At the first sign of your dog repeatedly scratching themselves, every dog owner dreads one thing: fleas. The most common parasite on dogs, your dog is quite likely to get fleas unless preventative steps are taken, no matter how clean your house and your dog. So, how do you know if your dog has fleas?
And what steps can you take to prevent fleas on your dog and get rid of fleas if your dog gets them?
How Do Dogs Get Fleas?
There are multiple ways that dogs can get fleas, whether directly from other animals (or their bedding) or simply from being in an environment where other animals with fleas have been.
Firstly, fleas can jump directly from host to host, without regard for the type of animal. So, your dog could get fleas from being in contact with other dogs that have fleas at the local dog park, or from getting close to cats or the local wildlife. Humans are also possible carriers of fleas, in particular clothing.
Secondly, your dog could get fleas from the local environment. This might be your own backyard or while out on a walk. Female fleas lay hundreds of eggs per day, which fall off into the surrounding environment. The eggs hatch into larvae which burrow into small crevices, forming a cocoon and entering their pupae stage. Flea pupae can remain in this state for over a year, with an adult flea only emerging once it senses that there is a suitable host nearby. And up it jumps onto the new host, such as your dog.
Common Signs that Your Dog Has Fleas
The most common sign that your dog has fleas is persistent scratching. If your dog keeps on scratching over and over, it’s time to check for fleas. Another sign is your dog over-grooming themselves, leaving bald patches on their coat. Some dogs also spin around quickly to chew themselves when a flea bites. If your dog develops an allergic reaction, they may also have scabs and red, sore areas on their skin.
However, not all dogs are as sensitive to fleas, so also keep an eye out for fleas when grooming your dog. The most common fleas you’ll encounter are called dog fleas. They're dark brown and about the size of a pinhead. You might spot the tiny creatures moving through your dog’s coat. A fine-toothed flea comb can help.
If only a few fleas are present, you might only spot tiny black specks in your dog’s fur or on their bedding, which could be flea dirt. To test whether a black speck is flea dirt, put it onto some damp tissue paper. If it's flea dirt, the specks will turn reddish-brown because of the digested blood they contain.
Best Products to Prevent and Treat Fleas on Your Dog
There are multiple options when it comes to preventing and treating fleas on your dog. Generally, most flea treatment products will both kill any existing fleas on your dog, plus repel fleas in the future.
One of the simplest options is to use a treatment shampoo. In place of your dog’s usual shampoo, use a shampoo that both kills adult fleas on your dog and repels fleas. An example is Dogphora Flea & Tick Pet Shampoo, which also soothes and relieves your dog’s dry, itchy skin.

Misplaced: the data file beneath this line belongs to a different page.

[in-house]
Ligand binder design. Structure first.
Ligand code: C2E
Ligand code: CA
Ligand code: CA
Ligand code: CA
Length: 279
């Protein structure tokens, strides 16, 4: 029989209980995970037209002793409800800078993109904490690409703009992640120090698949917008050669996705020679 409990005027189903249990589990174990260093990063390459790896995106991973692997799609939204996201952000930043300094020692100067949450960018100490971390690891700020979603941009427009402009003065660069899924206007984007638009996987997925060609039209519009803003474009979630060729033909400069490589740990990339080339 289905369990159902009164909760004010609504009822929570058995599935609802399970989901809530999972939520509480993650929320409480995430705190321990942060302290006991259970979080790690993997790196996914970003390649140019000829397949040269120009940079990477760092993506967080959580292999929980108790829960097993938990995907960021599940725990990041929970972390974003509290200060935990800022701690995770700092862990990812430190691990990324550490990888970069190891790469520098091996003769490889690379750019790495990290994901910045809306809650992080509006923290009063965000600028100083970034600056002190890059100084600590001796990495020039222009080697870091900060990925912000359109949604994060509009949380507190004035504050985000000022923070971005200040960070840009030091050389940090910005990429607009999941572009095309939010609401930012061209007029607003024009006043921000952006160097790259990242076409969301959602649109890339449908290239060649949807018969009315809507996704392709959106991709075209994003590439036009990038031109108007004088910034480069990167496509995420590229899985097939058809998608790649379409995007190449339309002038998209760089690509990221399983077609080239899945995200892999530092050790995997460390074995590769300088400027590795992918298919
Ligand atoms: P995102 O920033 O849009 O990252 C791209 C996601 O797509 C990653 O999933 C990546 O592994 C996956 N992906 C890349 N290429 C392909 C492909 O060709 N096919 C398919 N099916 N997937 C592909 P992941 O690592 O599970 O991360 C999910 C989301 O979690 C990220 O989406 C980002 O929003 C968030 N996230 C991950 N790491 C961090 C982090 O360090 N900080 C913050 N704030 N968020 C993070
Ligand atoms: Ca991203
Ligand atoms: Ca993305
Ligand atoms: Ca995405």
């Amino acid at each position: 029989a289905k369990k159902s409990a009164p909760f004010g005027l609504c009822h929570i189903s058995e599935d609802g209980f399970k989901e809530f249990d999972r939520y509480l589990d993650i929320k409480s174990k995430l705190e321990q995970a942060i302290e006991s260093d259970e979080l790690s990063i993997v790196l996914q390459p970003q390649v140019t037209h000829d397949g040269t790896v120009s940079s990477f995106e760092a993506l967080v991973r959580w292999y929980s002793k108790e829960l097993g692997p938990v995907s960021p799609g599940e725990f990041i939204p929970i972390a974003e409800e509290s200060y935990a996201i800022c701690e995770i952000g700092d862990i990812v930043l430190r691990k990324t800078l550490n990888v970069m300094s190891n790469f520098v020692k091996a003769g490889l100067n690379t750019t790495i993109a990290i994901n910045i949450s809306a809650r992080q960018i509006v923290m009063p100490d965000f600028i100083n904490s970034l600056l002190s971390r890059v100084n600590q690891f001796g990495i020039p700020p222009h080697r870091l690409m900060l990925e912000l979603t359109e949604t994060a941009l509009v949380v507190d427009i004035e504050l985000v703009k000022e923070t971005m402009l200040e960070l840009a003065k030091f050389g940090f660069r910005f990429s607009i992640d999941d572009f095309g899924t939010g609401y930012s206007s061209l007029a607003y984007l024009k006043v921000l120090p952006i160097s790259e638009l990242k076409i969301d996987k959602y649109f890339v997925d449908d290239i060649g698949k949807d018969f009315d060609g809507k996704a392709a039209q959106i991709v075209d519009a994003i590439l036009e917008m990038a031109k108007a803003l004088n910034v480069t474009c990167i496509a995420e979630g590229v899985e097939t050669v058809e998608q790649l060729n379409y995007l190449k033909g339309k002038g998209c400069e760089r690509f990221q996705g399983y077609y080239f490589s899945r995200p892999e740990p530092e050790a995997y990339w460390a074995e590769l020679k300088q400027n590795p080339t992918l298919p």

Alternatively, you may want to use a spray, skipping the need to bathe your dog. After all, many dogs are not fans of a bath! Wagberry Flea & Tick Dog Spray is made with neem, citronella and eucalyptus to repel and kill fleas, ticks and mosquitoes quickly.
Another common treatment method is a spot-on treatment. These treatments consist of a small vial of liquid that is dabbed onto the back of your dog’s neck, onto the skin after parting their fur.
There are also multiple tablets available that can treat fleas on your dog. Given orally, these are absorbed into the dog’s body and then either kill fleas when they bite or prevent the flea’s eggs from hatching, breaking the cycle of fleas.
A final type of treatment is a collar. While old-style flea collars weren’t that effective, except for treating the area around your dog's neck, newer collars work by dispersing the active ingredient throughout your dog’s body. All collars should come with a quick release in case they catch.
Note that some of these flea treatment options may require a prescription from your vet. Some treatments also only target adult fleas, while others target flea eggs and larvae as well. It is best to ask your vet to recommend the best option for your pet. In particular, if your pet is allergic to fleas, they will require a product that also repels fleas, not just kills them. Two products might work best together.
Comparing Natural vs Chemical Flea Treatments
Many flea treatments rely on the use of chemical products to be effective. In particular, many dog flea treatments contain permethrin, which is toxic to cats. If you have both dogs and cats, your pets need to be treated separately and kept apart for a period of time, or else use an alternative treatment which isn’t toxic to cats.
On the other hand, some natural products may not have been thoroughly tested, and may not be as effective as other flea treatment products on the market. If in doubt, check with your vet before using any product.
When to Use Flea Treatment Products
As a flea infestation is difficult to defeat, it’s always best to use preventative treatment before fleas become a problem. You should use a flea treatment product regularly, ideally year-round or at least during the warmer months of the year. Check your product’s label for the recommended interval between treatments.
If your dog already has fleas, start using a flea treatment product and keep it up, to prevent the fleas returning. You’ll also need to treat your pet’s bedding and your home, to get rid of any fleas they harbor. Your dog’s bedding should be washed or even discarded, while any carpet should be thoroughly vacuumed and steam cleaned. A flea spray may also help to kill fleas inside your home.
WRITTEN BY SHANDOS CLEAVER